CAA Men's Soccer Preview: New Faces Arrive, Old Guard Tries To Keep Power
CAA Men's Soccer Preview: New Faces Arrive, Old Guard Tries To Keep Power
The men's soccer teams of the CAA put on a show last year. Others around the country were watching. What will 2022 bring, especially with some new faces?
The men's soccer teams of the Colonial Athletic Association put on a show last year.
Clearly, others around the country were watching.
A year after the league sent a school on a deep NCAA Tournament run, two new squads have joined the CAA men's soccer world for the 2022 season, which kicks off later this month.
The favorites certainly will hope to keep their iron grips on the top of the table, but some of the new names are looking to spoil parties early and often, as they get used to life in their new home.
Who ends up prevailing in the end is up for time to decide.
Here's a look at what's to come for each CAA men's soccer team this year. Matches across the conference will be streamed live on FloFC.
Stony Brook Seawolves
Record: 8-6-1 overall (4-4, fourth in America East)
The lowdown: A middle-of-the-pack squad in the America East last season, the Seawolves had youth in plenty of key positions that will aim to take a step forward in a new league this year.
Returning top scorer Jonas Bickus (four goals) was one of the top freshman attackers in the conference and is sure to be the focal point of Stony Brook's offense. However, Bickus also is the only returner on the roster who scored multiple goals last fall, leaving it up to head coach Ryan Anatol - who is entering his 11th year leading the Seawolves - to try and find a way to either unleash Bickus in his second college season or find someone to pair with him to improve upon the paltry 19 goals Stony Brook scored in 2021.
Conversely, the defense should be strong, particularly with solid third-year starter Edmond Kaiser (four shutouts, 1.42 goals allowed per game in 2021) patrolling the net at goalkeeper.
Record: 8-9-2 (5-5, seventh in MAAC)
The lowdown: In a similar vein to its fellow CAA newbie this year, Stony Brook, Monmouth's defense was rock-solid. The unit allowed the fewest goals per game (1.11) in the MAAC and had a worthy first-team all-conference defender in George Akampeke.
The Hawks also were shut out seven times, however, and recorded a goal or less 13 times, leaving there to be a lot of room for some well-needed production up front.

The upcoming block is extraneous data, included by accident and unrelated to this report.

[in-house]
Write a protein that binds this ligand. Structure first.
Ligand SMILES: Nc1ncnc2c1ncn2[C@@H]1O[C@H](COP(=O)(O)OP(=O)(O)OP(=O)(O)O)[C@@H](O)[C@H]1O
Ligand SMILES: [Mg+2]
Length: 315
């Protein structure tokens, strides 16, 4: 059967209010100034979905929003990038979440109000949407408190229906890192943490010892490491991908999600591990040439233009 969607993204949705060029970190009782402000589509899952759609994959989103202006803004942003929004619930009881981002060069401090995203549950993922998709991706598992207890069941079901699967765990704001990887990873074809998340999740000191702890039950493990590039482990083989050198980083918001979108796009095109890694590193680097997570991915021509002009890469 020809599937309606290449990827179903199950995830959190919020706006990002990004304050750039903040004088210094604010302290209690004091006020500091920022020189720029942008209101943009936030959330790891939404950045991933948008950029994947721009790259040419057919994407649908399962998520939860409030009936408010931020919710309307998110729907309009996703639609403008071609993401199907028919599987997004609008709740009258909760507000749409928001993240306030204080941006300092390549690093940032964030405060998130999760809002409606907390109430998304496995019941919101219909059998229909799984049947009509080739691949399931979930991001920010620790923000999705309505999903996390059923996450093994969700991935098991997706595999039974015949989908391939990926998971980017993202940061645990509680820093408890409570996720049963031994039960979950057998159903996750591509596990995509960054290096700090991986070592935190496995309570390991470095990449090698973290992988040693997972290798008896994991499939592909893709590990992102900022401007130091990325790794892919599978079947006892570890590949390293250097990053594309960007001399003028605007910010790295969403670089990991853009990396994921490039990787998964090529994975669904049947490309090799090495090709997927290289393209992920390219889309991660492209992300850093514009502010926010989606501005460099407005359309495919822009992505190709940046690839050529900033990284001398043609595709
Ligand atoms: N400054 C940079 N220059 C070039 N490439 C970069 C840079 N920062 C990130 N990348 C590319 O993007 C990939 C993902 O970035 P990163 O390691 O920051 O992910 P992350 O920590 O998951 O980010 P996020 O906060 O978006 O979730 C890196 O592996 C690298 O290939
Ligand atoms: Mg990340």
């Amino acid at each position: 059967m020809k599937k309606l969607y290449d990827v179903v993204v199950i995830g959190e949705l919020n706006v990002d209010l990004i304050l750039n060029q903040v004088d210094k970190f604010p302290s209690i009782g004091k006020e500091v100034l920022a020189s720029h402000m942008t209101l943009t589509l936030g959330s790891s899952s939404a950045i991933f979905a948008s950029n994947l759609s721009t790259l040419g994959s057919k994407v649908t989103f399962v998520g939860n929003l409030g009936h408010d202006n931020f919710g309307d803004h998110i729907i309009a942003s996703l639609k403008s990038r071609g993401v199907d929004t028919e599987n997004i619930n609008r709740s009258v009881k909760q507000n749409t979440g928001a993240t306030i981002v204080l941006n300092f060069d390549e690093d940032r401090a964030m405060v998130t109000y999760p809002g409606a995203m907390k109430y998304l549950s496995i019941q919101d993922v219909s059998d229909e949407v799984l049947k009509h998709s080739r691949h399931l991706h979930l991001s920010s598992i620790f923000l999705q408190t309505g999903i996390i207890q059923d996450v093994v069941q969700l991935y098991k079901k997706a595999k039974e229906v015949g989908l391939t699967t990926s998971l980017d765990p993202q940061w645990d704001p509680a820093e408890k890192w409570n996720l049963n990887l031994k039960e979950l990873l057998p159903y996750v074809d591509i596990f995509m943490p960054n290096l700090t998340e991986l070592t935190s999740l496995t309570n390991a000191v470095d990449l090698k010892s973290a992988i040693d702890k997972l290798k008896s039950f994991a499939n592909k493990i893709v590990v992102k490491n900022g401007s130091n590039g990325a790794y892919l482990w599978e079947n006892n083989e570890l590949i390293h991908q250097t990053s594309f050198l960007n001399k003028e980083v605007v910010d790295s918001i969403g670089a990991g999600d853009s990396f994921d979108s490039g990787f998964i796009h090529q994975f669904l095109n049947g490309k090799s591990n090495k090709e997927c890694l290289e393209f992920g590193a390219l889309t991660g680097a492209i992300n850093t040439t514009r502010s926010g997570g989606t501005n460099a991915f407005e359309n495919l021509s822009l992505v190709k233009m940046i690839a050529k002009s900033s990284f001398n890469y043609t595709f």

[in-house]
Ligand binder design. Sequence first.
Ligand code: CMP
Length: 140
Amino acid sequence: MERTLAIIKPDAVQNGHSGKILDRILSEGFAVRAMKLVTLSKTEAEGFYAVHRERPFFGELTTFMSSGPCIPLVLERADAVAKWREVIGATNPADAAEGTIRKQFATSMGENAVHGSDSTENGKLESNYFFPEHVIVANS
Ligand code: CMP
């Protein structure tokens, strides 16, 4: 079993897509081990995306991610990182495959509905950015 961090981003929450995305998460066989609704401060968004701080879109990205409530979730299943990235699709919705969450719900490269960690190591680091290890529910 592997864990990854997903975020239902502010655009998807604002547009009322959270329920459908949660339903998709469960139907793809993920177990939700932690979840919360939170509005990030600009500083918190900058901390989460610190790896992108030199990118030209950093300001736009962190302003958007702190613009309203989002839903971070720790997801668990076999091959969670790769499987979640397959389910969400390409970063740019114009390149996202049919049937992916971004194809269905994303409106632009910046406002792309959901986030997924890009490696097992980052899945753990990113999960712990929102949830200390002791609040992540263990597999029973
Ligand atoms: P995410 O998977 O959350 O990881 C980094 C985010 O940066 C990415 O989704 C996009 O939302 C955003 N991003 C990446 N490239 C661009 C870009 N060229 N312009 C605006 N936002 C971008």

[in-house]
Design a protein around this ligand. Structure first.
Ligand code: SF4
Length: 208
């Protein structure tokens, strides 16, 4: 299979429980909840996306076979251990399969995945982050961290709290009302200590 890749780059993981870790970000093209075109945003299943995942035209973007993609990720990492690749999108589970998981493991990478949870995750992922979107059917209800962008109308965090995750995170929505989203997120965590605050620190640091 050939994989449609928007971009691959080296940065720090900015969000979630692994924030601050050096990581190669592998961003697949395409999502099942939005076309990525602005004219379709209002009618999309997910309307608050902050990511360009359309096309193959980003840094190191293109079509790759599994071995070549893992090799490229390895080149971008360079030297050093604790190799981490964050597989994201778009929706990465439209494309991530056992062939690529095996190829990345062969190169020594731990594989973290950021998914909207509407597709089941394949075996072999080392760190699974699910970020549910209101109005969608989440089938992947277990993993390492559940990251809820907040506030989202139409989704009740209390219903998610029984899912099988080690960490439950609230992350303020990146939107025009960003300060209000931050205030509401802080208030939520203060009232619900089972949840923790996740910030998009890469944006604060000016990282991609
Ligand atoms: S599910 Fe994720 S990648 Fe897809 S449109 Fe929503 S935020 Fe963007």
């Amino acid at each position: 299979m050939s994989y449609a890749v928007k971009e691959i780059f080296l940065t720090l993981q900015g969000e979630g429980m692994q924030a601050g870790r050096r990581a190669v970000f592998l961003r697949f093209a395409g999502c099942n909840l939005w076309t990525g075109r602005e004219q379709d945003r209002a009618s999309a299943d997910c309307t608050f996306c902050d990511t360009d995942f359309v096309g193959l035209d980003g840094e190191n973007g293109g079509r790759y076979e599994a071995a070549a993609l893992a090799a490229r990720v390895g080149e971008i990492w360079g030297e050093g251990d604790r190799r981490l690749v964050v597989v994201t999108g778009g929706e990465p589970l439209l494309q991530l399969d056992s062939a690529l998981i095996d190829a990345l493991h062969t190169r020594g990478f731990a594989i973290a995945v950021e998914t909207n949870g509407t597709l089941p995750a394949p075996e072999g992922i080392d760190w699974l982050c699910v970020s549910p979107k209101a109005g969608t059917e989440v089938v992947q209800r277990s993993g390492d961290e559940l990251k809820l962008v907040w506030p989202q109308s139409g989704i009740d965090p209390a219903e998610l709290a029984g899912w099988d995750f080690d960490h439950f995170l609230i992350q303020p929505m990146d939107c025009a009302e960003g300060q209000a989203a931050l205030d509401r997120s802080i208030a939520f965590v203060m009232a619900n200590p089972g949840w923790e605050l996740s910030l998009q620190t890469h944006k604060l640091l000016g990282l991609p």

Ben Zakowski and Griffin Tomas (nine combined goals) likely will have that load placed upon their shoulders after the departure of top scorer Julian Gomez, though they will have help from one of the MAAC's top midfielders from last season in Scottish senior Luke McBeth feeding passes from the center of the field, too.
A few transfers could find their way into the starting 11, as well, including sophomore defender Gabe Dahlin (who led Bucknell in minutes played a year ago) and grad transfer Sam Decencio, who finished his career at La Salle with 56 consecutive starts for the Explorers.
Delaware Blue Hens
Record: 2-12-1 (0-8, ninth in CAA)
The lowdown: The Blue Hens need a lot of help to be competitive this season, but any improvement has got to start on defense.
Delaware's 39 goals allowed a year ago were not just the most of any team in the CAA, it was the most allowed of any team in the league by 12 goals.
Having conceded at least one goal in every match and often forced to play from behind, things can't get much worse for UD on the bright side, but with new blood in the CAA this season, it can't afford to be known as the school the new teams pick on.
Carlos Fernandez and Einar Hardarson, both of whom returned, tied for the team lead with three goals apiece in 2021, though redshirt senior and Villanova transfer Seidu Shamsudeen could break through up top if he overcomes several injury issues that have hampered him throughout his career with the NCAA Tournament-qualifying Wildcats.
Senior defender Aron Adalsteinsson also was an All-CAA third-team pick a season ago, though the Icelander needs some boosts from the rest of his unit for the defense to improve as a whole.
College of Charleston Cougars
Record: 5-8-3 (1-6-1, eighth in CAA)
The lowdown: The Cougars need to find some goalscoring, and fast. Charleston netted barely over a goal per game (17 goals in 16 matches) and scored just six goals in CAA play - four of which came in a single match against Delaware.
That won't cut it for long against the rapid offenses of the conference.
Junior forward Kane Ritchie was the most potent striker up front with his five goals to his name in 2021, and after having reached that tally in just nine starts last season, there may be potential for more production. However, proven options behind him are limited, meaning someone on the roster is going to have to step up to remove some of the pressure on the attack from Ritchie.
Daniel Pereira, a pick for the CAA All-Rookie team, was a solid staple in the defense as a freshman and should be one of the leaders on the back line in his second season at C of C.
William & Mary Tribe
Record: 7-7 (4-4, seventh in CAA)
The lowdown: The Tribe's stats from last season can be a bit misleading, particularly on offense, as they only played 14 matches a year ago.
With a full 19-game slate ahead this time around - including some high-profile non-conference tussles against powerhouses Wake Forest and North Carolina - William & Mary is going to go through the gauntlet and get out of it one way or another.
If there are few wounds, however, the Tribe could be a sneaky breakout pick in the CAA this year.
That possible outcome is helped by the apparent summer development of striker and All-CAA second-team selection, Diba Nwegbo, who had four goals and four assists a year ago and has nine goals in 10 matches this summer for Vermont Green FC of the semi-pro USL League Two.